SACRAMENTO (AP) - Democrats and Republicans painted starkly different pictures of the negotiations over how to solve California's $15.2 billion budget deficit on Monday, as the state entered the second month of its fiscal year without a spending plan.
The four legislative leaders again failed to compromise on a spending plan after meeting Sunday evening with Gov. Arnold Schwarzenegger.
"We're at an impasse," said Assembly Minority Leader Mike Villines, R-Clovis. "The difficulties right now are very deep, and I'm hoping we can get past them."
Democrats are seeking a combination of spending cuts and $8.2 billion in higher taxes on corporations and the wealthy. Republicans want long-term reforms to the state's budget system and oppose any new taxes.
On that, "nothing has changed since June 15," Villines said, referring to the constitutional deadline for the Legislature to pass a budget.
Senate Minority Leader Dave Cogdill, R-Modesto, said Republicans were being urged to support a temporary 1 percent increase in the
state sales tax.
The increase would be rolled back after several years and the sales tax decreased to an amount less than it is now, according to sources familiar with the budget talks who did not want to speak publicly for fear of upsetting negotiations.
The state collects 7.25 percent in sales tax, with 1 percent of that automatically sent back to local governments. Many local entities also tack on their own increases, bringing the sales tax to more than 8 percent in many parts of the state.
Cogdill said the temporary sales tax proposal was floated as a way to give cover to Republicans who might eventually vote for it as part of a budget compromise. Republicans have been insisting that the state has a spending problem, not a revenue one.
He said even if the sales tax proposal were crafted so it balanced out over time, Republicans are wary of taking any step that could hurt the state's fragile economy in the next few years.
Lynda Gledhill, a spokeswoman for Senate Majority Leader Don Perata, said Democrats have not proposed raising the sales tax and are still pushing to increase income taxes on the wealthy.
"Our plan remains the plan that it has been for the last month, more than a month - that is, personal income tax levels the same as when Pete Wilson was governor," Gledhill said.
Assembly Speaker Karen Bass sounded more optimistic about the
progress of the talks.
While Democrats oppose a firm cap on spending increases, she said they are willing to consider rewriting Proposition 58, the Schwarzenegger-backed rainy day fund voters created in 2004.
Bass, D-Los Angeles, said it could be strengthened to prevent the governor and lawmakers from easily transferring money out as they do now.
Schwarzenegger has said he will not sign a budget that fails to include structural reforms, which could include a spending cap and rainy day fund.
Democrats were hoping to broker a deal that lets them boost taxes in exchange for reforms that would win over enough Republican votes in both houses to reach the two-thirds majority required to pass a budget. Republicans so far aren't persuaded.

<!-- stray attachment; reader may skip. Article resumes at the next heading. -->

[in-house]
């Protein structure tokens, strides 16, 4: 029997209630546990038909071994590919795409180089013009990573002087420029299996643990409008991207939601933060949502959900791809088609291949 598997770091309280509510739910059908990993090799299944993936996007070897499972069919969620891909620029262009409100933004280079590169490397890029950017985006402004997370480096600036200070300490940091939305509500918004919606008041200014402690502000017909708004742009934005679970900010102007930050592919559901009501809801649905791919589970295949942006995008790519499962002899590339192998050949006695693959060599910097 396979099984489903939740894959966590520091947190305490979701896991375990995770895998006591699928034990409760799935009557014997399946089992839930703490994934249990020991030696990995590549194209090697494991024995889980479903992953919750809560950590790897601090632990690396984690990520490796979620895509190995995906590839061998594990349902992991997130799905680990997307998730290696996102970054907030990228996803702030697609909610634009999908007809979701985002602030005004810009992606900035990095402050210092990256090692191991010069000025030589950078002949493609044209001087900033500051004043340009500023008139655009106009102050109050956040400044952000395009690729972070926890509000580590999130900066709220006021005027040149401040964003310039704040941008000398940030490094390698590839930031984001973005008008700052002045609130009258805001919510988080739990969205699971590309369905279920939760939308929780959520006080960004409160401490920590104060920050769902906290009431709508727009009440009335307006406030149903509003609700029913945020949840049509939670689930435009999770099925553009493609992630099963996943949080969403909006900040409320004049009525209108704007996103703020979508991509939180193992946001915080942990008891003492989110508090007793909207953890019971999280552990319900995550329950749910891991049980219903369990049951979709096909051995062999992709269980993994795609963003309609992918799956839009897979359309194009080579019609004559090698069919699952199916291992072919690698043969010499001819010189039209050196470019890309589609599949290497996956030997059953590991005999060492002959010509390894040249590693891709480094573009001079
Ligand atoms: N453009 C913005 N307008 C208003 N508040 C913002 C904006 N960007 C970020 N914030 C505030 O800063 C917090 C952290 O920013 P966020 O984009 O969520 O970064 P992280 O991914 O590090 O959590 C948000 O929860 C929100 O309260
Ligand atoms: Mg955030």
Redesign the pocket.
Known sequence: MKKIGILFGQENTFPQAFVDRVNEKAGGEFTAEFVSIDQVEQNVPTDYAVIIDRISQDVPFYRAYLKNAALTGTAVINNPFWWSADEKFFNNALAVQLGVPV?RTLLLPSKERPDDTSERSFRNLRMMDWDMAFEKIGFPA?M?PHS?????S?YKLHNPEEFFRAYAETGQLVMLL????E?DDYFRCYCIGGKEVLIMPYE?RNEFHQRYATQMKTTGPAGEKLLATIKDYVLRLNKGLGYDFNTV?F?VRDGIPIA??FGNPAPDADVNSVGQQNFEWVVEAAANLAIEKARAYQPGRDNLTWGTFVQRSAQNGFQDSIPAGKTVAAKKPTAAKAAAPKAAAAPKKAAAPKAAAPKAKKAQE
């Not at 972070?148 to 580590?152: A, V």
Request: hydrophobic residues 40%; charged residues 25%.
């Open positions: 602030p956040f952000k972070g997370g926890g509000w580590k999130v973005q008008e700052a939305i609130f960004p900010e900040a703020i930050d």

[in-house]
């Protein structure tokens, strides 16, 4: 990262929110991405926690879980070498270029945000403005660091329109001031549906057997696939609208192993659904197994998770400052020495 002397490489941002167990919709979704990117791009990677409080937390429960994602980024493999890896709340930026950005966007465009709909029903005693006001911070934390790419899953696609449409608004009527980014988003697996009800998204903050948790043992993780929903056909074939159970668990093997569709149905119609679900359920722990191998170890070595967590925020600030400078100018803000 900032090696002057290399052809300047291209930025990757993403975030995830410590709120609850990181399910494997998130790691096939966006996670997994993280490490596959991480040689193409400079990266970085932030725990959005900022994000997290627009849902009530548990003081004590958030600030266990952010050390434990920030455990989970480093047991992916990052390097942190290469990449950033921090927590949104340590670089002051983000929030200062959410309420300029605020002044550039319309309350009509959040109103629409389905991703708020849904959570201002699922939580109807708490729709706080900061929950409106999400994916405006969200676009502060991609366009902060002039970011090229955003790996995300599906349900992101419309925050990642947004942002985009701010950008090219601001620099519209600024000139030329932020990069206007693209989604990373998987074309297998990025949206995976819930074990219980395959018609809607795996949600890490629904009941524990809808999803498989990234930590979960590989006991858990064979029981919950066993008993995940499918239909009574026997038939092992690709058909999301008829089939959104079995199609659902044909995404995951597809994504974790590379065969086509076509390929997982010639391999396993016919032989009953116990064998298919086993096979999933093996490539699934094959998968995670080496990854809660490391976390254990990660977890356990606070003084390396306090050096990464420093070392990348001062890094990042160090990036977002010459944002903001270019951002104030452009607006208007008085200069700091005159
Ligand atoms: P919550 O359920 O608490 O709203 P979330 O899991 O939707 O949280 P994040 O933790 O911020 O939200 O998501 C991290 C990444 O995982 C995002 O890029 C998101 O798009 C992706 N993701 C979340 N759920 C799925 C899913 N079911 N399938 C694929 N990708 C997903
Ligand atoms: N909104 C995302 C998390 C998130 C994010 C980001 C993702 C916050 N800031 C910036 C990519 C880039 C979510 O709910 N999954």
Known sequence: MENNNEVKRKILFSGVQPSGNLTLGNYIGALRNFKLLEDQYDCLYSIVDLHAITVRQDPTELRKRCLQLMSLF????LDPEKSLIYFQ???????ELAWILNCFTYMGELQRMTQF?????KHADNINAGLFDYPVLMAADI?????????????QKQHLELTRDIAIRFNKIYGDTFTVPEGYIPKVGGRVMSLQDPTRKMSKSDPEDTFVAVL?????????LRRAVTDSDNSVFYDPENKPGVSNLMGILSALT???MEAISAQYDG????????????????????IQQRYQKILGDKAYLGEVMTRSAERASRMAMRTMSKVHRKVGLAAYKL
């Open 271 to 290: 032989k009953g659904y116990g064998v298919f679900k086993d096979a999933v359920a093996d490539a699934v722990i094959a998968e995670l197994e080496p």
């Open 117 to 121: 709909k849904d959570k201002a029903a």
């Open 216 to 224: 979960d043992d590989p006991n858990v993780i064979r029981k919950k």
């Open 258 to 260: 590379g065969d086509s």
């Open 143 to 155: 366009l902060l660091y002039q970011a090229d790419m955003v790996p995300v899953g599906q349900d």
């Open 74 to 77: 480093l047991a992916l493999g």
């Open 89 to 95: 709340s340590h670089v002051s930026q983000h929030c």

"We fundamentally do not believe in taxes and won't go there," Villines said. "We've not seen any language that would indicate they are serious about budget reform."
Schwarzenegger has grown frustrated by the delay and said he is worried the state will run out of cash if a deal isn't reached soon.
He increased the pressure last week by signing an executive order that laid off more than 10,000 temporary, part-time and contract workers and could roll back the salaries of thousands more to the federal minimum wage of $6.55 an hour. They would be repaid after a budget was signed.
But the wage rollback seems unlikely to take effect. State Controller John Chiang, who issues employees' paychecks, has questioned Schwarzenegger's legal authority to order the temporary pay cut. On Monday, he repeated his contention that it would take months to reprogram his agency's outdated computers to distribute paychecks based on the federal minimum wage.
At a hearing Monday, Chiang testified that it was unwise for the state to put its workers in financial jeopardy "for a situation that will be resolved in the next two or three weeks."
He has said the state has enough cash to last through September. Nevertheless, he and administration officials have met with Wall Street investment firms to discuss loans that would get the state through until a budget is adopted.
Those loans could cost California hundreds of millions of dollars in additional interest and fees.
The clock is ticking either way. Bass noted that changes to Proposition 58 and a proposal by the governor to raise money by borrowing against future lottery profits require voter approval in November. The deadline to add initiatives to the ballot is Aug. 16.
Associated Press Writers Don Thompson and Samantha Young
contributed to this report.
(Copyright 2008 by The Associated Press. All Rights Reserved.)